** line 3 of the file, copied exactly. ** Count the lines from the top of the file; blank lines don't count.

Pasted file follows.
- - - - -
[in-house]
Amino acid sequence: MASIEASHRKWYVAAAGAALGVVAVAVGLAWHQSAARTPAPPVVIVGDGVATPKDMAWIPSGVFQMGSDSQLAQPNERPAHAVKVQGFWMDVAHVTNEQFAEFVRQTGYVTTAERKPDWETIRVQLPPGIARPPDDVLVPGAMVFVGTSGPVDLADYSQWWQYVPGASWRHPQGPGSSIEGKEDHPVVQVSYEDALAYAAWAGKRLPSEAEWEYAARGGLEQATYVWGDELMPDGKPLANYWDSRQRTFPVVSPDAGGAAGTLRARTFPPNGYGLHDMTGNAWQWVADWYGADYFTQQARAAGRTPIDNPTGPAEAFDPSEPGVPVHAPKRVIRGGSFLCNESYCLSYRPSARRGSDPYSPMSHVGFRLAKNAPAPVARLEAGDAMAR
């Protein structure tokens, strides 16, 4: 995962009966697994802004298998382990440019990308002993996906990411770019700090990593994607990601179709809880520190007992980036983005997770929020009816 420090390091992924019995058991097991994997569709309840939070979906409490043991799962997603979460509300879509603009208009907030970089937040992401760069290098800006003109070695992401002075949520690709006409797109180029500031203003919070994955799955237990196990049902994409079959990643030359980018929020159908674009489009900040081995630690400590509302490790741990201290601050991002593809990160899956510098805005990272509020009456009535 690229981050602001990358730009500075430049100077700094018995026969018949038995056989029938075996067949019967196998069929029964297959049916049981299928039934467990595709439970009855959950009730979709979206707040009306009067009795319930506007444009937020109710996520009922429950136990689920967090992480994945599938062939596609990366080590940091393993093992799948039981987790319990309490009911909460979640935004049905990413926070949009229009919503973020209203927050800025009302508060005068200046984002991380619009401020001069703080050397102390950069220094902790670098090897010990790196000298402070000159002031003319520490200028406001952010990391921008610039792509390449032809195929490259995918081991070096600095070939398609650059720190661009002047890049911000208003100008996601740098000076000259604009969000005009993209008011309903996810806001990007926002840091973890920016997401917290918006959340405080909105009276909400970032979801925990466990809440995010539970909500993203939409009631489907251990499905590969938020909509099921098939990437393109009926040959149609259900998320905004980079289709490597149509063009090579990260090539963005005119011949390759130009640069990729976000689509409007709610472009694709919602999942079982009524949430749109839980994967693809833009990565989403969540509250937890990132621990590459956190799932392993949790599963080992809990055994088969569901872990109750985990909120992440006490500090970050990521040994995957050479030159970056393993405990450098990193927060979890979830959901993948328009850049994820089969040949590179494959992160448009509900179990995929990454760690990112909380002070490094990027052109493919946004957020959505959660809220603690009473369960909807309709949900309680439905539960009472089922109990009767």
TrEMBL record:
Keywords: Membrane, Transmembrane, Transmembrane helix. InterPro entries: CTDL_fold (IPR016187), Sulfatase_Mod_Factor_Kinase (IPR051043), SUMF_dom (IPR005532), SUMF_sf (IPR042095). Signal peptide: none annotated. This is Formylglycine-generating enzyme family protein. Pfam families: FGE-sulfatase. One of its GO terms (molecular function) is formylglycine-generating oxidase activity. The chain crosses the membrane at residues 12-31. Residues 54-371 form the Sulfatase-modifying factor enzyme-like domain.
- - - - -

């Protein structure tokens, strides 16, 4: 995962009966697994802004298998382990440019990308002993996906990411770019700090990593994607990601179709809880520190007992980036983005997770929020009816 420090390091992924019995058991097991994997569709309840939070979906409490043991799962997603979460509300879509603009208009907030970089937040992401760069290098800006003109070695992401002075949520690709006409797109180029500031203003919070994955799955237990196990049902994409079959990643030359980018929020159908674009489009900040081995630690400590509302490790741990201290601050991002593809990160899956510098805005990272509020009456009535 690229981050602001990358730009500075430049100077700094018995026969018949038995056989029938075996067949019967196998069929029964297959049916049981299928039934467990595709439970009855959950009730979709979206707040009306009067009795319930506007444009937020109710996520009922429950136990689920967090992480994945599938062939596609990366080590940091393993093992799948039981987790319990309490009911909460979640935004049905990413926070949009229009919503973020209203927050800025009302508060005068200046984002991380619009401020001069703080050397102390950069220094902790670098090897010990790196000298402070000159002031003319520490200028406001952010990391921008610039792509390449032809195929490259995918081991070096600095070939398609650059720190661009002047890049911000208003100008996601740098000076000259604009969000005009993209008011309903996810806001990007926002840091973890920016997401917290918006959340405080909105009276909400970032979801925990466990809440995010539970909500993203939409009631489907251990499905590969938020909509099921098939990437393109009926040959149609259900998320905004980079289709490597149509063009090579990260090539963005005119011949390759130009640069990729976000689509409007709610472009694709919602999942079982009524949430749109839980994967693809833009990565989403969540509250937890990132621990590459956190799932392993949790599963080992809990055994088969569901872990109750985990909120992440006490500090970050990521040994995957050479030159970056393993405990450098990193927060979890979830959901993948328009850049994820089969040949590179494959992160448009509900179990995929990454760690990112909380002070490094990027052109493919946004957020959505959660809220603690009473369960909807309709949900309680439905539960009472089922109990009767």